Why Solar Panels Shouldn’t Always Face South

You should carefully consider which way to face your solar panels. Solar panels depend on light from the sky to make electricity, and facing them in the right direction will allow your panels to produce the most power at the most important times. Read on to find out why South is often, but not always, the best direction.

Why South?

Solar PV panels produce electricity from light. The more light that reaches them, the more electricity the panels will produce. You might have heard that a South-facing garden gets more light than a North-facing garden. Well, it’s the same for solar panels. Researchers have found that in Ireland, South-facing panels produce the most electricity. So why is South not always the best direction?

Sun and Clouds in the Southern Half of the Sky
In Ireland, the Southern sky is generally brighter than the Northern sky

Why East-West

East-facing panels produce most power in the morning. On the other hand, West-facing panels produce most power in the evening. By combining East-facing and West-facing panels in one system, you can get high power output from early morning right through to late evening. This is ideal for people who work away from home during the day. These people generally need less power during the day while they’re away at work and much more power during the morning and evening while they’re at home. East-West arrays are ideal for meeting this pattern of electricity demand. For a similar reason, East-West arrays are very popular with Irish dairy farmers. This is because power-hungry milking equipment is mostly used in the morning and the evening.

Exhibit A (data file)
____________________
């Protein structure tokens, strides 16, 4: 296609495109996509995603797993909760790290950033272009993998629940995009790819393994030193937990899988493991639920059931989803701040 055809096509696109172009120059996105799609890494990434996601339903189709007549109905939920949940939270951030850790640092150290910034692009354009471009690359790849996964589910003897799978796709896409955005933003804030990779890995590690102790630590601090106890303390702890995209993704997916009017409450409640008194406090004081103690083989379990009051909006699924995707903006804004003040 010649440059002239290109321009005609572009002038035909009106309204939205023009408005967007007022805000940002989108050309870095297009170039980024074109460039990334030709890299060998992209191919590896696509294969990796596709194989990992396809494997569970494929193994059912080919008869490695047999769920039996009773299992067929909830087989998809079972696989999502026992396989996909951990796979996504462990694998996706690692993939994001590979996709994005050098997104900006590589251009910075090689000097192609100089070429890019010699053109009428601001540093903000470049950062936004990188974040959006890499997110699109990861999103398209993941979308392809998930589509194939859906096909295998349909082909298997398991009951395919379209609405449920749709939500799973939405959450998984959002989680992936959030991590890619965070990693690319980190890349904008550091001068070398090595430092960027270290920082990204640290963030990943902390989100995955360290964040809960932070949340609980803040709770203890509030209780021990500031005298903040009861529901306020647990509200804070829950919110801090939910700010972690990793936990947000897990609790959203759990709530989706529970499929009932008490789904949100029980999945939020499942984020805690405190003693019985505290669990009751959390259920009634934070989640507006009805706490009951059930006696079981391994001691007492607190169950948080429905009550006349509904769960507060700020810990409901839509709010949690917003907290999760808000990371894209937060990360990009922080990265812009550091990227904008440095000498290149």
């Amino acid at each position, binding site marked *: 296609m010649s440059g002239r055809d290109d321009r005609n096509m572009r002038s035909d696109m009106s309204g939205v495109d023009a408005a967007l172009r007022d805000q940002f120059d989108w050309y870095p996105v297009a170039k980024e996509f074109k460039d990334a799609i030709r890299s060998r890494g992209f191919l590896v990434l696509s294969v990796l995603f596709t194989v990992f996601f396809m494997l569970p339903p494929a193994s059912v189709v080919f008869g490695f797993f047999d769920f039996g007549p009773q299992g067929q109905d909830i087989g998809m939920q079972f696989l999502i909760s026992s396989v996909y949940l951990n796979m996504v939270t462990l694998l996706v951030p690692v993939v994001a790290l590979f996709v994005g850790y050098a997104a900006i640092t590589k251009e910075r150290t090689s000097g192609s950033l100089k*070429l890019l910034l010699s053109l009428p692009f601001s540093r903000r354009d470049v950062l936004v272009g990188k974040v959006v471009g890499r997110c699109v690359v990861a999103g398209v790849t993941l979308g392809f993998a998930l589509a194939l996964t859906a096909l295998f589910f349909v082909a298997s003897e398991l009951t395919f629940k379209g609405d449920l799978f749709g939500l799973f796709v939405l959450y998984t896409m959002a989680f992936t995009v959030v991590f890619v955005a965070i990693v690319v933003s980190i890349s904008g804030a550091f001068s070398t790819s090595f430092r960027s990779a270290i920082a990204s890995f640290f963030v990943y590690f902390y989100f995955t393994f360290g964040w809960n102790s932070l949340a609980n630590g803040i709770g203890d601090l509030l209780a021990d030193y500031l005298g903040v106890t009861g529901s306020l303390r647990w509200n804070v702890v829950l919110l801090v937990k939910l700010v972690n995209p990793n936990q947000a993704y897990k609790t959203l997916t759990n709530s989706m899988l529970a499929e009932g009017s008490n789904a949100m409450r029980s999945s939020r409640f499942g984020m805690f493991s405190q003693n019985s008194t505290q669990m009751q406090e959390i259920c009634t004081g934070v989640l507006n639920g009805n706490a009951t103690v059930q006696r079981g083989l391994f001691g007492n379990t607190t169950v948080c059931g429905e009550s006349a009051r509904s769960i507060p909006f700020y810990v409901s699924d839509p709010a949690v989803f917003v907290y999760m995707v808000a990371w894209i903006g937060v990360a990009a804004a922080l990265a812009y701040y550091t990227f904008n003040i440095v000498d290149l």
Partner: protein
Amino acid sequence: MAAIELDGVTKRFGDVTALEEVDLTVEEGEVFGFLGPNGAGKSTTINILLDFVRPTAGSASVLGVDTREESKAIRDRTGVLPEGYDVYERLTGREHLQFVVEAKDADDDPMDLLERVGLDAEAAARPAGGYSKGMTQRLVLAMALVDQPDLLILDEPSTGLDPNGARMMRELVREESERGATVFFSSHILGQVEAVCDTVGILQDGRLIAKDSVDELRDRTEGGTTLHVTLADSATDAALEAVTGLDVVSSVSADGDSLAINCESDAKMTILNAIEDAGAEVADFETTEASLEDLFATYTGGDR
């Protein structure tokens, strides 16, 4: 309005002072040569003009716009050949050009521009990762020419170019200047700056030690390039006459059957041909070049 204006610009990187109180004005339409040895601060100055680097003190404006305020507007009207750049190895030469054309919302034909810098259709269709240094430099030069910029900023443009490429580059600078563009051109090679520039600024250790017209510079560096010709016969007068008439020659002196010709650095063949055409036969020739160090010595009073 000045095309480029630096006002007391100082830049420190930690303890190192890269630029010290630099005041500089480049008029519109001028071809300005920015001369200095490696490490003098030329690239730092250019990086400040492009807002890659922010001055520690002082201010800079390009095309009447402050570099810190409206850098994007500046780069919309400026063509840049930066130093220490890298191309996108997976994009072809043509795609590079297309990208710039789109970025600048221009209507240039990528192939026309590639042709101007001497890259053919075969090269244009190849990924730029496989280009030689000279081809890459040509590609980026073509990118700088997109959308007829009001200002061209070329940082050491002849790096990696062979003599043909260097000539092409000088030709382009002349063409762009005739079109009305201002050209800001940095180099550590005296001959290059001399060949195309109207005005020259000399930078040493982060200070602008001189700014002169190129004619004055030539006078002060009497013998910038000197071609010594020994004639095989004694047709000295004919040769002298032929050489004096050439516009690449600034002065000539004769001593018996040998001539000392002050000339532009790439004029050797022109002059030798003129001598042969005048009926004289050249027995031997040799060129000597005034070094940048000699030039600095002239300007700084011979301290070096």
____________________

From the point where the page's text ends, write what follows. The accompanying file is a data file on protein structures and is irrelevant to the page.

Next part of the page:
But what about the reduced power output?

True, panel-for-panel, South-facing PV systems still produce about 16% more power than East-West PV systems. However, boosting the power of an East-West to match a South-facing array can cost very little. The benefit of a better generation profile is often well worth this small added cost. On top of this, you can increase “DC over-sizing” with an East-West system compared to a South-facing system. “DC over-sizing” means using more than 3kW of solar panels with a 3kW inverter. You can do this with an East-West system because the panels will never all be at maximum output at any one time. DC over-sizing helps you get the maximum return for your investment by controlling inverter costs.

Conclusion

South-facing and East-West facing solar PV arrays both have their merits. Choosing the right one will depend on the way you use electricity, especially what times of the day your demand is highest. Logistical considerations, like the layout of your roof, may also play a role in your decision. A site survey will help you to weight up all of these factors and come to the best decision.

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